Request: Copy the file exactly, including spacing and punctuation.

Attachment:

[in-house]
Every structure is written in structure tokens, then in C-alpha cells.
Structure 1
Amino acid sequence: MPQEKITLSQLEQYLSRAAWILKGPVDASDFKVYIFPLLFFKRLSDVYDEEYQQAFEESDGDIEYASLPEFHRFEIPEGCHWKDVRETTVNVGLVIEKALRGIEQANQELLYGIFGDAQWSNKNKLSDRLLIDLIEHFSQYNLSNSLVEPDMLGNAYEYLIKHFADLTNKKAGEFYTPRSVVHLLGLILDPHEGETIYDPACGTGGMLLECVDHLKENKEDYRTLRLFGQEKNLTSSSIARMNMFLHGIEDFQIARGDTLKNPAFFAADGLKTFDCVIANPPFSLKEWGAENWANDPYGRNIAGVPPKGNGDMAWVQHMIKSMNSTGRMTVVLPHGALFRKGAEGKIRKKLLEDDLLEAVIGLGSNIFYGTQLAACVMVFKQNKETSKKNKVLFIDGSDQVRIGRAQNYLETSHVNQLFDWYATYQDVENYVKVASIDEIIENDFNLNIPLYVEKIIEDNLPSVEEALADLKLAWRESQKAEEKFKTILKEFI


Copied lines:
[in-house]
Every structure is written in structure tokens, then in C-alpha cells.
Structure 1
Amino acid sequence: MPQEKITLSQLEQYLSRAAWILKGPVDASDFKVYIFPLLFFKRLSDVYDEEYQQAFEESDGDIEYASLPEFHRFEIPEGCHWKDVRETTVNVGLVIEKALRGIEQANQELLYGIFGDAQWSNKNKLSDRLLIDLIEHFSQYNLSNSLVEPDMLGNAYEYLIKHFADLTNKKAGEFYTPRSVVHLLGLILDPHEGETIYDPACGTGGMLLECVDHLKENKEDYRTLRLFGQEKNLTSSSIARMNMFLHGIEDFQIARGDTLKNPAFFAADGLKTFDCVIANPPFSLKEWGAENWANDPYGRNIAGVPPKGNGDMAWVQHMIKSMNSTGRMTVVLPHGALFRKGAEGKIRKKLLEDDLLEAVIGLGSNIFYGTQLAACVMVFKQNKETSKKNKVLFIDGSDQVRIGRAQNYLETSHVNQLFDWYATYQDVENYVKVASIDEIIENDFNLNIPLYVEKIIEDNLPSVEEALADLKLAWRESQKAEEKFKTILKEFI